The accidents of history include place of birth – even if parents were clearly Australian citizens. More acutely, people who have become Australian citizens, by birth or naturalization, are potentially at risk if they have a parent or grandparent who was not ‘Australian’. The risk is not because they actively seek citizenship of another nation but because the rules of another place passively and even unknowingly, give them such citizenship. The accidents of history may well be those of geo-politics rather than of the family. The grandparents of many of today’s Australian citizens were citizens of places that went through the massive upheavals of the 1940s and 1950s. Consider, for example, the impact of the partition of India (and more recently the separation of Bangladesh); the expulsion of the Palestinians and the redrawing of the boundaries of Eastern Europe.
The disquiet with parties
Australian representative politics is based on parties. The function is to coalesce interests so making differences manageable. There is little heroic about it. Labor and non-Labor have formed two broad churches with sufficient ideological differences to enliven their remaining passionate members. The core differences are where the balance is drawn between individuals and collectivities and between market and state. For six or so decades elections have been won and lost by a shift of few percentage of voters - presumed to be in the centre.
Labor and the non-Labor Coalition still control the House of Representatives and hence the formation of executive government. However, an increasing proportion of votes have been for ‘third’ parties. In the 1969 & 1972 elections 90 per cent of first preference votes went to the ALP and Coalition; in the last two elections it was 75 per cent. The decline in the vote of the main parties is most evident in the Senate. Since 1977, the only government to win a majority at a Senate election was the Howard Government in 2004.
Nonetheless, ‘third’ parties in Australia have not yet obliterated either Labor or Liberal. There has been no Pasokification nor a wipe-out like that of the Canadian Liberals in 2011. One Nation can claim a level of electoral support akin to the True Finns, Alternative für Deutschland or the Sweden Democrats but has not become either the third party by seats or a coalition partner in government. There has not been the emergence of a non-party politician like Macron in France or the Five-Star Movement in Italy. Also, the Liberals seem immunised from internal takeover – there is no obvious Trump; nor a Brexit-like force. Even the ALP seems immune (sadly) from a Sanders or a Corbyn.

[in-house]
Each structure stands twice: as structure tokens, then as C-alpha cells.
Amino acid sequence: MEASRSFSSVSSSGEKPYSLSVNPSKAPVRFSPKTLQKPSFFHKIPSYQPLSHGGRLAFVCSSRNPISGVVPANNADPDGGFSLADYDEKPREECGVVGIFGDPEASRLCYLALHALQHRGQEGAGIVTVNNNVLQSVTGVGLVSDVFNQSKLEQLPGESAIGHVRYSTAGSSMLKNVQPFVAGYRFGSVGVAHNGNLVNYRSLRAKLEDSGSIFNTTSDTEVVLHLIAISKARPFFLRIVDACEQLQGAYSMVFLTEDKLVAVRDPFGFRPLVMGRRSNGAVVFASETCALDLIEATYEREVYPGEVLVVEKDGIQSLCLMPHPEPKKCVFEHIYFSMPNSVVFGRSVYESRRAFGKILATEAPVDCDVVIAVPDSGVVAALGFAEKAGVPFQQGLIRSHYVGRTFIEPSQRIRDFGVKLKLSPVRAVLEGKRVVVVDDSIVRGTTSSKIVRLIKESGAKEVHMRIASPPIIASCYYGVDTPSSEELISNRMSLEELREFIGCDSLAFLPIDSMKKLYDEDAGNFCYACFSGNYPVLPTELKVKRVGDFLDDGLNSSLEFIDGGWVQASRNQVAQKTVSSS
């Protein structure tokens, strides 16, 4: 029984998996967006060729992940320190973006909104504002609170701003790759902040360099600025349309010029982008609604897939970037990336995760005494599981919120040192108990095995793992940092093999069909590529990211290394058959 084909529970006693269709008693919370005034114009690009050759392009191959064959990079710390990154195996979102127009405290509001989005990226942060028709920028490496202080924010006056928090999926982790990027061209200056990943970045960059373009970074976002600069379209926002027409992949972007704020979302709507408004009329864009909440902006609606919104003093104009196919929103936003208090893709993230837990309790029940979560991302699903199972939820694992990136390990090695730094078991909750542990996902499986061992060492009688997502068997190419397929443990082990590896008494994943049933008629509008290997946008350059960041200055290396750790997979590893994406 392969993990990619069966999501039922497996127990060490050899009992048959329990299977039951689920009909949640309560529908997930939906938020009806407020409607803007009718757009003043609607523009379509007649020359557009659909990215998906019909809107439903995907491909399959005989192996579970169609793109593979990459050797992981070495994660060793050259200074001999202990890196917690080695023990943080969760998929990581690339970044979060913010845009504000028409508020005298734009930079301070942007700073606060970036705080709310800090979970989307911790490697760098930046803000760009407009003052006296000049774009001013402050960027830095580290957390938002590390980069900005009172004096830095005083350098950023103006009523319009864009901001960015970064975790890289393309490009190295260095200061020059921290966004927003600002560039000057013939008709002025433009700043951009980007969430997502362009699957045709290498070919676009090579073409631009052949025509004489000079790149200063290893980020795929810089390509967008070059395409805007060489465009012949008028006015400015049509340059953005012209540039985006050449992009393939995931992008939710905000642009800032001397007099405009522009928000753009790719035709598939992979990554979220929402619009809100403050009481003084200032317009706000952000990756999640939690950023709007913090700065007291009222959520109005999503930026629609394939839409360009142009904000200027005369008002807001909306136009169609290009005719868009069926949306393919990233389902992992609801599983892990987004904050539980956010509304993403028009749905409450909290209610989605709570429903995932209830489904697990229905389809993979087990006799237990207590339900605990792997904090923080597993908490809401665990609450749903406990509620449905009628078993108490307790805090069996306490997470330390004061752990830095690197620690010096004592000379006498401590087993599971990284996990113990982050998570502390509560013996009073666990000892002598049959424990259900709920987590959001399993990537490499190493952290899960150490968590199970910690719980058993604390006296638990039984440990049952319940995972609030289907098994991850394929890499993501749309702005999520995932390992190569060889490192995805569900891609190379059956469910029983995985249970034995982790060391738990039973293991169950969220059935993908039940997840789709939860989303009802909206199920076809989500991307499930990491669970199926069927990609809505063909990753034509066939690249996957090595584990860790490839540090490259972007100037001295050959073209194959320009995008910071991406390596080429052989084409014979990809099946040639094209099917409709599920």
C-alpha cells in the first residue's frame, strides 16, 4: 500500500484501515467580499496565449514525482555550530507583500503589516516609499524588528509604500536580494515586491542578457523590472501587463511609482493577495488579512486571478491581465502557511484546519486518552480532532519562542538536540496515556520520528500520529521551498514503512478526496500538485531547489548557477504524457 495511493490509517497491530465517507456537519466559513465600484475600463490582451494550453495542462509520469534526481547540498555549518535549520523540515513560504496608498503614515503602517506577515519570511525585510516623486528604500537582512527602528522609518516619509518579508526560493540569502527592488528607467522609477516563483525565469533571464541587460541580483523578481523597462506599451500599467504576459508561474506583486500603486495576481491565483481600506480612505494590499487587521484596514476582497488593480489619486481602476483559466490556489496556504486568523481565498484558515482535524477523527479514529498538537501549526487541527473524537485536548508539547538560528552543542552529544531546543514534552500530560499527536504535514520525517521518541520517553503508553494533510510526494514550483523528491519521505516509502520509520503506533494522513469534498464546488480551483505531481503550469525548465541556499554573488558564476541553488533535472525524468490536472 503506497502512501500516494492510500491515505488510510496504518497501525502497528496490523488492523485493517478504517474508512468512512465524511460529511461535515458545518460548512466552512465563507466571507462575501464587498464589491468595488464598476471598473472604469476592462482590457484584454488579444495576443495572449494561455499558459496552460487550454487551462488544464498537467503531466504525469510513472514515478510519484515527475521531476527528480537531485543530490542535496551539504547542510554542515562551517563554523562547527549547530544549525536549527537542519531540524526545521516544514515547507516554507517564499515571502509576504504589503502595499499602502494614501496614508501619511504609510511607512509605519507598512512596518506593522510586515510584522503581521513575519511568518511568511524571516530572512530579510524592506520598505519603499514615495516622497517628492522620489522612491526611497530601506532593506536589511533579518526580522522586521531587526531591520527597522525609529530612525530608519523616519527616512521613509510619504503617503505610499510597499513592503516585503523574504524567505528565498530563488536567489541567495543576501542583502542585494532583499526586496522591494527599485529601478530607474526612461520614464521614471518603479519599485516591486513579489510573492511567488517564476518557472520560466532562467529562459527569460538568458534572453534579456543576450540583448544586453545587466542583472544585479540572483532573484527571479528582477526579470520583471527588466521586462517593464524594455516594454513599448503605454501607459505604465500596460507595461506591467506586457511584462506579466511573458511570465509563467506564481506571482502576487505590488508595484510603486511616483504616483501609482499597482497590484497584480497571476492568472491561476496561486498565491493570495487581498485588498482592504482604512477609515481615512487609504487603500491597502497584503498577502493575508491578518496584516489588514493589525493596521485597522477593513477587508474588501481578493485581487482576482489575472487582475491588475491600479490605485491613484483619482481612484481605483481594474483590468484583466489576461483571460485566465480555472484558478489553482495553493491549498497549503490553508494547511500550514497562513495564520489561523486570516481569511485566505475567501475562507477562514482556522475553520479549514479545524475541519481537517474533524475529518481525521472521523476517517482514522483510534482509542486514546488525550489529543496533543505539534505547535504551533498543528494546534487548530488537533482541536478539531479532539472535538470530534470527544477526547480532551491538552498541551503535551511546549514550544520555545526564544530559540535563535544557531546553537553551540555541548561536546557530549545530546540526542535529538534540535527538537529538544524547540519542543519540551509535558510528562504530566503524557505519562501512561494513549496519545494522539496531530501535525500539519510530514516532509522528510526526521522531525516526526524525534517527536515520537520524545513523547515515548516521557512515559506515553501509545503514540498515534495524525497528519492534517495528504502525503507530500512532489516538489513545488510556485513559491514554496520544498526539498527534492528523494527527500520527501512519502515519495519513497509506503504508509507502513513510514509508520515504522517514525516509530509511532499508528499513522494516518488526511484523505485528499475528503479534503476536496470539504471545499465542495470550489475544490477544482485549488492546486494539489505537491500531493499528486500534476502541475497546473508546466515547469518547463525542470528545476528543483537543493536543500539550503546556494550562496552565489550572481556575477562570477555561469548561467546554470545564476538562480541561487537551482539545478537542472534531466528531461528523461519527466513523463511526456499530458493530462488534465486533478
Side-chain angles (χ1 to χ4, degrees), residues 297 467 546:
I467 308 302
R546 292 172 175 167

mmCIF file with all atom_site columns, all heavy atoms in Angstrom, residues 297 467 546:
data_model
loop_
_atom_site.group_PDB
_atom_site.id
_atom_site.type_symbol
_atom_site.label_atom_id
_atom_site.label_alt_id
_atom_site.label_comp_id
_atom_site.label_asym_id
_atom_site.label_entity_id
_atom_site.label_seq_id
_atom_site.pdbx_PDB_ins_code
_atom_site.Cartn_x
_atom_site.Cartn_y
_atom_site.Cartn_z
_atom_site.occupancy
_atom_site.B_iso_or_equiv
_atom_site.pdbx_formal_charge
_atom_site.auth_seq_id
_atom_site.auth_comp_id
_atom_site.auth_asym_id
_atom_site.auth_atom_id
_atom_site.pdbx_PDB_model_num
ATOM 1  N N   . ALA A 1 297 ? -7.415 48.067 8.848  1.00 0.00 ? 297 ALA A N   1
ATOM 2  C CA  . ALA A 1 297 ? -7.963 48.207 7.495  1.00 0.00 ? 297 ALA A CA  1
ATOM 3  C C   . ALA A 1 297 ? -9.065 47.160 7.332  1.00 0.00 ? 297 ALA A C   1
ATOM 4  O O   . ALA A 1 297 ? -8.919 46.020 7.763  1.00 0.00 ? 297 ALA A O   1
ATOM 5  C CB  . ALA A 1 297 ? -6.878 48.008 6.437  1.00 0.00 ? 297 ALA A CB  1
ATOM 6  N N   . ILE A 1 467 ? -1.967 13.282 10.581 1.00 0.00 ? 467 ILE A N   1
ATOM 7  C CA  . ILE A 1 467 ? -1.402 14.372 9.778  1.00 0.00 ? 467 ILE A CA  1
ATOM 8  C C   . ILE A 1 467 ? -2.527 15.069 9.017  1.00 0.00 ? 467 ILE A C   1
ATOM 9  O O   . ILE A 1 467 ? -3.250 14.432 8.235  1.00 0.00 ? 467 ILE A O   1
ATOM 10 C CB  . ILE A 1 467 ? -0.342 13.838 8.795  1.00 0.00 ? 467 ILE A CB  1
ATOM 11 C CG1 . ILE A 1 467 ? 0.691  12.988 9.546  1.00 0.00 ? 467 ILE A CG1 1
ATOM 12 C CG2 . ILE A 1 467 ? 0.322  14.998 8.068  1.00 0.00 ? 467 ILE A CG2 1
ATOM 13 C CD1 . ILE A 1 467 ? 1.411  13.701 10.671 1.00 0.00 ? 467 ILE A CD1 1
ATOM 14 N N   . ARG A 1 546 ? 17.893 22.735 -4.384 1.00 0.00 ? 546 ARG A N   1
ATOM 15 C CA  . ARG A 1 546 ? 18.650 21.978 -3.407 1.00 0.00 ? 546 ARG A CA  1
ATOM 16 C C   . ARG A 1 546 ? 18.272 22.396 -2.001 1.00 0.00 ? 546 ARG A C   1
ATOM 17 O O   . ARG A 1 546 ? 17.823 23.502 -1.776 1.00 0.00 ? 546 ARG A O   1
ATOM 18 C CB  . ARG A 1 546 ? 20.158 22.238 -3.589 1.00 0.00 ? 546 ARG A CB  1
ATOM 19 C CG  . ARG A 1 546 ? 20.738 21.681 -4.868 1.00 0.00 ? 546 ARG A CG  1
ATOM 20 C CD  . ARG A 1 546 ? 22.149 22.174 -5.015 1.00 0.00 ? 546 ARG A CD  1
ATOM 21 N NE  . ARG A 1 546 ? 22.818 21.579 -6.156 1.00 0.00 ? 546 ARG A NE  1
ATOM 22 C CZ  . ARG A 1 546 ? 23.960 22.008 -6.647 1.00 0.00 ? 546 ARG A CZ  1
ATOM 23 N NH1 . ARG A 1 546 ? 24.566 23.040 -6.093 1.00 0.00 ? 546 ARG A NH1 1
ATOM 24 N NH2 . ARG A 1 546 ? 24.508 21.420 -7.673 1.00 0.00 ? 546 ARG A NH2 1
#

The third parties seem unstable; One Nation in 2018 might be fracturing like it did in the Queensland Parliament in 1998-2001. Indeed in recent State elections in Queensland, Tasmania and South Australia third party influence (whether One Nation, Greens, Lambie or Xenophon) was much less than many observers predicted. Numerous third party senators appointed as replacements have jumped party.
The Electoral Process
The electoral process is about parties. Proportional representation in the Senate means that those elected better mirror the votes of electors than in the House. However, proportional representation is a party based– electors vote for parties (even technically speaking for the occasional non-party independent). Parties select candidates and determine the order of candidates on the ballot (in a half-Senate election number 3 on the ALP or LNP list is risky, number 4 has little chance and number 5 and 6 none). Parties negotiate preferences with other parties (even with the amended Senate voting method). Parties get public funding according to the number of votes received. Perhaps even more significantly, parties nominate replacement senators – to such an extent that 14 out of 76 of the current Senate were appointed to ‘casual vacancies’.
Standing for democracy
Much of Australian politics is dysfunction and open to demagoguery. As Finan O’Toole notes ‘The articulation of rage is better box office than the business of morality’. Electoral reform does not attract large numbers to rallies. Even so, there is an imperative to restate the fundamentals of citizenship and democracy. These are the right to be heard, the right to vote and the right to stand for election. They are not being provided in Australia.
Urgent action is needed to make Australia democratic. Guaranteeing a political voice for Aboriginal people and guaranteeing the right for all citizens to stand for election should be the first actions. The Prime Minister callously rejected the former. He has also rejected the unanimous recommendation of an all-party committee for a referendum on the ‘citizenship’ clause.
Neither a political voice for Aboriginal people or ensuring a universal right to stand for parliament is extraordinary. Both are decent; both are urgent. Without them the reality is that white bread politics will continue in Australia.